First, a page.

By the time she made her arrival into the arms of a mid-wife, Mary Mitchell, the historian of Orange Mound, Tennessee, was surrounded by generations of loving family members welcoming her into a good life. Her parents lived as double tenants alongside several other members of their family tribe.
By the time Mary was four and her sister was two, her parents parted ways, which switched up the family vibe, but still they managed to get by and turned out just fine.Her paternal side of the family purchased the home she currently resides and has been residing for many of her 80 plus years.
At one point, Mary’s family had to move to Douglass, they didn’t allow the fruitful friendships and relationships they had developed just disappear. Since they were still members of Mt. Pisgah, they walked back and forth to get there every chance they had. Mitchell recalls, “I don’t think there was a person from Haynes to Airways that, in my growing up years, I didn’t know who I couldn’t go by with a sob story, sad story, happy story, silly story, and get loving, kind, tender care, cookies or whatever you wanted,” says Ms Mitchell.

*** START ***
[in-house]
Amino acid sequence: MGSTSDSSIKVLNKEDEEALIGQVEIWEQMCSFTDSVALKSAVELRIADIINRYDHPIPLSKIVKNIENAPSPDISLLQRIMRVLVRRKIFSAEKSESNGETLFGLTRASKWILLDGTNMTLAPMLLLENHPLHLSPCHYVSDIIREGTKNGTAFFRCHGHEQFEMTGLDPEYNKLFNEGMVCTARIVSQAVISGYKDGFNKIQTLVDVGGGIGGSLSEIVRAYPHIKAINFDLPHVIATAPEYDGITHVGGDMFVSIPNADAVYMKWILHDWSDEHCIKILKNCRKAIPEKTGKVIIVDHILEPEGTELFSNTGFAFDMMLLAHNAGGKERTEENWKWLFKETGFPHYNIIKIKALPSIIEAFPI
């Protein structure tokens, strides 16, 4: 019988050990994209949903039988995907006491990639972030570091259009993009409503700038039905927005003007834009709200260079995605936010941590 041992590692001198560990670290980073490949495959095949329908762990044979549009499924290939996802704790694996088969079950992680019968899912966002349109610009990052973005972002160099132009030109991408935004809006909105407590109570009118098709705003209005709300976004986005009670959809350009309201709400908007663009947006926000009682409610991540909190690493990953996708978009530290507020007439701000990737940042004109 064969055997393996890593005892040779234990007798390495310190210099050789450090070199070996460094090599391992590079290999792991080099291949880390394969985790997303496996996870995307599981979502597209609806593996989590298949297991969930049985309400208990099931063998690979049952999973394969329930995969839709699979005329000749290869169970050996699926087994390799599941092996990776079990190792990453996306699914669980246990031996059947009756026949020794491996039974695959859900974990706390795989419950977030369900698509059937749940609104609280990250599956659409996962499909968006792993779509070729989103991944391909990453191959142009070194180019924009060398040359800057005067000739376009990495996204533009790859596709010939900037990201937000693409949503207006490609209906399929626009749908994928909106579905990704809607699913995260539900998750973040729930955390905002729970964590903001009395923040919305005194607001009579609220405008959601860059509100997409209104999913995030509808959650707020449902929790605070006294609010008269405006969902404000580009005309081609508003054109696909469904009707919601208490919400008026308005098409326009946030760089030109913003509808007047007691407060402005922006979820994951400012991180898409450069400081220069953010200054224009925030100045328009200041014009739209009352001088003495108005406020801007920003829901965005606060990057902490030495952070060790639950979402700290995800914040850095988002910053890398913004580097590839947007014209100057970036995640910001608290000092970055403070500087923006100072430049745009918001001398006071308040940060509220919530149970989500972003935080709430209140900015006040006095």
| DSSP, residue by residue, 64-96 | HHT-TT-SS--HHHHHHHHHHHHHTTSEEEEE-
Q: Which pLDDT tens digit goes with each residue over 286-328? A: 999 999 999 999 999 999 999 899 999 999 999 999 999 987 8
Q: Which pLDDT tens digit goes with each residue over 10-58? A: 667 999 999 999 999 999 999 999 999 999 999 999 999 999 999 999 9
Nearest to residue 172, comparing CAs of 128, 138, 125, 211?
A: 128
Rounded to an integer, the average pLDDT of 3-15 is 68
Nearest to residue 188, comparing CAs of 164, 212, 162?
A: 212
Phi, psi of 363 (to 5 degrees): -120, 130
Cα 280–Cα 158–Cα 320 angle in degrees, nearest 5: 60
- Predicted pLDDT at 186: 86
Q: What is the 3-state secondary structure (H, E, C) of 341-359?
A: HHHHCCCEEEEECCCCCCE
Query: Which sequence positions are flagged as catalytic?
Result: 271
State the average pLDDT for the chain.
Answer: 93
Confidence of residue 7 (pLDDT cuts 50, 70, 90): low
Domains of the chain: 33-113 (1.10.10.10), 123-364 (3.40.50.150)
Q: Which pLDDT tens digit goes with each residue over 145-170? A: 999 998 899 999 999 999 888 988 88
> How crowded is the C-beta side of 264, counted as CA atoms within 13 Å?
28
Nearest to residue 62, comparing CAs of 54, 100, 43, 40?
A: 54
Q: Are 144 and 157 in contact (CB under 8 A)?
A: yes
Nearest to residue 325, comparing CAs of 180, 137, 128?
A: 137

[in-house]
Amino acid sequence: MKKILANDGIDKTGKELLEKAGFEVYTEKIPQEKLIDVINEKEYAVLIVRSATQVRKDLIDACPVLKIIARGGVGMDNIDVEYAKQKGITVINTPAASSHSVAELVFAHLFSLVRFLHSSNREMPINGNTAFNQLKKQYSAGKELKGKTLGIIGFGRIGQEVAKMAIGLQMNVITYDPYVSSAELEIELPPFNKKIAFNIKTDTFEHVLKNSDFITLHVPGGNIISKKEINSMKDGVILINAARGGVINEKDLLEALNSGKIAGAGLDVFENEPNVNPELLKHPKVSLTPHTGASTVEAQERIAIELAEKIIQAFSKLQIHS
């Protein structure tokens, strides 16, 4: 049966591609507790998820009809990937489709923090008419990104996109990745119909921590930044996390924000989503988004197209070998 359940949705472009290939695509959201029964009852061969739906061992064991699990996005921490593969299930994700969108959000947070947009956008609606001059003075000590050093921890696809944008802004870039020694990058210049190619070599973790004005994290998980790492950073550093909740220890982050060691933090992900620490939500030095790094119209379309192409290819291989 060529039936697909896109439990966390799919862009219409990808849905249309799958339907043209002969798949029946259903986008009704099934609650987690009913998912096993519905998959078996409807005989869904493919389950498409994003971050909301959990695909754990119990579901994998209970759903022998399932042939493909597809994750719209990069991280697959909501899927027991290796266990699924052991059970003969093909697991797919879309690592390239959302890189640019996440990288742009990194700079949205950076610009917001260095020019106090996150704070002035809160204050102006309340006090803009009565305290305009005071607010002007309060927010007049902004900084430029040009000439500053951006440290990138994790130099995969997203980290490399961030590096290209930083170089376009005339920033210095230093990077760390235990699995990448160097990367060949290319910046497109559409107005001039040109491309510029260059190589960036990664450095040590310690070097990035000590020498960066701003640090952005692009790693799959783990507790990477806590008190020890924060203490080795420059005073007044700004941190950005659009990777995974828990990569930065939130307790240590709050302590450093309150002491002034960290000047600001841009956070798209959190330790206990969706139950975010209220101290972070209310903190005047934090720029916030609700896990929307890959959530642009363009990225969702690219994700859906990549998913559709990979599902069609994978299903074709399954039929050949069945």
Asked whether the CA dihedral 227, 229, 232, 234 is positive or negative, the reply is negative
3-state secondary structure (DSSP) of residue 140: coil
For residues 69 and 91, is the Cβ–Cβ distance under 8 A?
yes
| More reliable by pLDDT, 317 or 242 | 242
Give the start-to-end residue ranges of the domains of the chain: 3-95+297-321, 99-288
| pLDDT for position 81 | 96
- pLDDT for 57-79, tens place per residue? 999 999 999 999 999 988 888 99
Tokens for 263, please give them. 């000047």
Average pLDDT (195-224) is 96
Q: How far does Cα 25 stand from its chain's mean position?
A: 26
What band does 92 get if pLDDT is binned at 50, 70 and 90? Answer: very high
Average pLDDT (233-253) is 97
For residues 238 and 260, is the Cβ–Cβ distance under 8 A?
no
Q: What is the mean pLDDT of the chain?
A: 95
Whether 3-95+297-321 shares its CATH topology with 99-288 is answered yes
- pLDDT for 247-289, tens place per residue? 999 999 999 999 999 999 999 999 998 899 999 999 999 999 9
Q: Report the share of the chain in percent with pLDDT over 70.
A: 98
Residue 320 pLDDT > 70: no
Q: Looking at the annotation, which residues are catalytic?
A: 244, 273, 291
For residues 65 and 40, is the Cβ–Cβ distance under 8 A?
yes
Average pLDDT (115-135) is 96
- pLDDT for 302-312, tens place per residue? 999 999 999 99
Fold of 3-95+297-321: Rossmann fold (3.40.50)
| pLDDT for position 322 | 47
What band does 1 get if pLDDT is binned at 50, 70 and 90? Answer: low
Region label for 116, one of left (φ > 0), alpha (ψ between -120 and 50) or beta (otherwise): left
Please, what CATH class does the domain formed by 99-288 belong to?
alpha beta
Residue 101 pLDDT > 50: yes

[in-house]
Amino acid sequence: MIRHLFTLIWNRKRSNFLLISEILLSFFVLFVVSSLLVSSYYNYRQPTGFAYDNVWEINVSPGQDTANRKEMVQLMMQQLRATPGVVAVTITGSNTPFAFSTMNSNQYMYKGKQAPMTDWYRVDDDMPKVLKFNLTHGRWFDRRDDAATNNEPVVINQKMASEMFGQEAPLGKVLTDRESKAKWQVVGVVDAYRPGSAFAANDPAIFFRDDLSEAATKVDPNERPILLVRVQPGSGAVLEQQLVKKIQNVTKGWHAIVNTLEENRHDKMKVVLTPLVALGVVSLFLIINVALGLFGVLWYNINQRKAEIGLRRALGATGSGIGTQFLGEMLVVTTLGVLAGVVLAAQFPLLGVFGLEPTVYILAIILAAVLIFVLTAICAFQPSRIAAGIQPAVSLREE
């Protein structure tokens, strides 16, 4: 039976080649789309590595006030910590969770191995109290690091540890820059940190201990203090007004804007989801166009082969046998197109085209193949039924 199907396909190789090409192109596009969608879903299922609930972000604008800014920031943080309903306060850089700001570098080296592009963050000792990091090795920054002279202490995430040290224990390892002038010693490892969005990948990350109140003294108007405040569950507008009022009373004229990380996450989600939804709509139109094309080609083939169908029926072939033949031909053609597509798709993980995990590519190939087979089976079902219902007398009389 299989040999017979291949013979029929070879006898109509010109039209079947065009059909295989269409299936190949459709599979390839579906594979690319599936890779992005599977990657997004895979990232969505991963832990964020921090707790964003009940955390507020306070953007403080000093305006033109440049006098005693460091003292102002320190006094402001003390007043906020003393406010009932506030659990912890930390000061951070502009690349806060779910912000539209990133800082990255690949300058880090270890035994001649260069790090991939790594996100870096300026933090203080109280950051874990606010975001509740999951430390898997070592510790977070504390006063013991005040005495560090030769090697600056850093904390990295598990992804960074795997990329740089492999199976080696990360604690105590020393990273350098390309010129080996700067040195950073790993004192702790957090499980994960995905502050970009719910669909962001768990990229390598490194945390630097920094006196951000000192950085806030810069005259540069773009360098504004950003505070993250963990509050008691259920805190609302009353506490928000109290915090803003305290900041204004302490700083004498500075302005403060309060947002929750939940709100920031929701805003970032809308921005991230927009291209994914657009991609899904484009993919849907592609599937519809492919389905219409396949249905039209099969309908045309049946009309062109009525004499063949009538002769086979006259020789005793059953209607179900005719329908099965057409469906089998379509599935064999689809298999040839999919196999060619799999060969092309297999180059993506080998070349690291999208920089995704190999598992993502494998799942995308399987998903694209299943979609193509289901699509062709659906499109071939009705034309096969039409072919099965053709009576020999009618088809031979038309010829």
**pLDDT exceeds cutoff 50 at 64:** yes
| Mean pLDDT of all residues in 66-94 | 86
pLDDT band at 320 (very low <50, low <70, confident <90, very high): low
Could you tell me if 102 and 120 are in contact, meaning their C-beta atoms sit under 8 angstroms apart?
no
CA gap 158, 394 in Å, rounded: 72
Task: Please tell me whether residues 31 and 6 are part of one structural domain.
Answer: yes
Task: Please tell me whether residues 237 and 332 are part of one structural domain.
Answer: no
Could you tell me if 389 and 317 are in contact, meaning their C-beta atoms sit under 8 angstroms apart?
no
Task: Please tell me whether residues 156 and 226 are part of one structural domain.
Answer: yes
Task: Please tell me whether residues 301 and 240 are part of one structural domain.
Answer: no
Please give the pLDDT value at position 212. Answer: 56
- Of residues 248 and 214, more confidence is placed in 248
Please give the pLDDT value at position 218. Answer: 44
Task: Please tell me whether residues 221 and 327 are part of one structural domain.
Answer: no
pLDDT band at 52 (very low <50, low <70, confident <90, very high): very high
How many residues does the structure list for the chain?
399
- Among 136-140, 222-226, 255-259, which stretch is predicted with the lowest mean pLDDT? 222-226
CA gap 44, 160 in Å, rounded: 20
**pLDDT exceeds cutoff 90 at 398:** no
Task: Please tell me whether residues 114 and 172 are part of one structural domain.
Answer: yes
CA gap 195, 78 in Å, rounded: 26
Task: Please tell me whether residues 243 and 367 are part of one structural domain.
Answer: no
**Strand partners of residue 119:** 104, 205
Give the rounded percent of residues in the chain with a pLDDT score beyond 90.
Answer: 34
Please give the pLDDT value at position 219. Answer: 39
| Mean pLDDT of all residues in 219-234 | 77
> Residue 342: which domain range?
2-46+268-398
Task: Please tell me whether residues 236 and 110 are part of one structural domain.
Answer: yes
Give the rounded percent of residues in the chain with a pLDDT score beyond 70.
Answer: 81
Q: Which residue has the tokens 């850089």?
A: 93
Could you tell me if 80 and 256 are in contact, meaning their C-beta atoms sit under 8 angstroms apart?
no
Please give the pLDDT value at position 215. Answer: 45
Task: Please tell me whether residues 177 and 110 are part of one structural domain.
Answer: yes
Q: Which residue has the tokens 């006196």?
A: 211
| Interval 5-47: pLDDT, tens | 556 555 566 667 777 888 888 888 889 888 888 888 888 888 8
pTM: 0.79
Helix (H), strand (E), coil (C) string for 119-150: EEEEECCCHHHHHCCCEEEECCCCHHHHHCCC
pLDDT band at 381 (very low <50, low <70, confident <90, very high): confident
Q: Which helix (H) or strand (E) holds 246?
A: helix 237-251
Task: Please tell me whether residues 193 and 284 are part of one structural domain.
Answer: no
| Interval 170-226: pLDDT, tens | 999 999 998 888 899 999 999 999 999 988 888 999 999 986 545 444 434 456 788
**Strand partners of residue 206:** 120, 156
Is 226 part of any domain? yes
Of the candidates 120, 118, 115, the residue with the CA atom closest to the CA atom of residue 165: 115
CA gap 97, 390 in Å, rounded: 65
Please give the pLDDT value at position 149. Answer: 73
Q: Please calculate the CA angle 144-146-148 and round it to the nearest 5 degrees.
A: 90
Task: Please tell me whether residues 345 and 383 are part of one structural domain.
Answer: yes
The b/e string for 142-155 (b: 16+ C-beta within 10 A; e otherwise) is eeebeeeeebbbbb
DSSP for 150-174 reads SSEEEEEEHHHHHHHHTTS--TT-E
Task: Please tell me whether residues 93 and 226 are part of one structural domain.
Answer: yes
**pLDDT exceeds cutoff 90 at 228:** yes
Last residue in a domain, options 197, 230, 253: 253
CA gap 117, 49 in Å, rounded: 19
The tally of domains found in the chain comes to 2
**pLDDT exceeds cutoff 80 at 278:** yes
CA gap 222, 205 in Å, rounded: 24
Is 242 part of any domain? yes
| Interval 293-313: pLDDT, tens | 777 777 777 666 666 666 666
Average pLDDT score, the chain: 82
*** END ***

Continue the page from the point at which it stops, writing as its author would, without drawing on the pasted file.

Orange Mound is a sacred place with a feeling of
belonging. When you could link with your neighbors for tea parties, cookies, and good times, it became natural to let your hair down and enjoy the good vibes.When only a couple of people in the neighborhood had cars, you still had a ride even though you didn’t have your own. Those truly were good times!
an excerpt from the forthcoming Anthology ‘Our Neighbors, Our Stories: Finding Common Ground…’
story by Carin Malone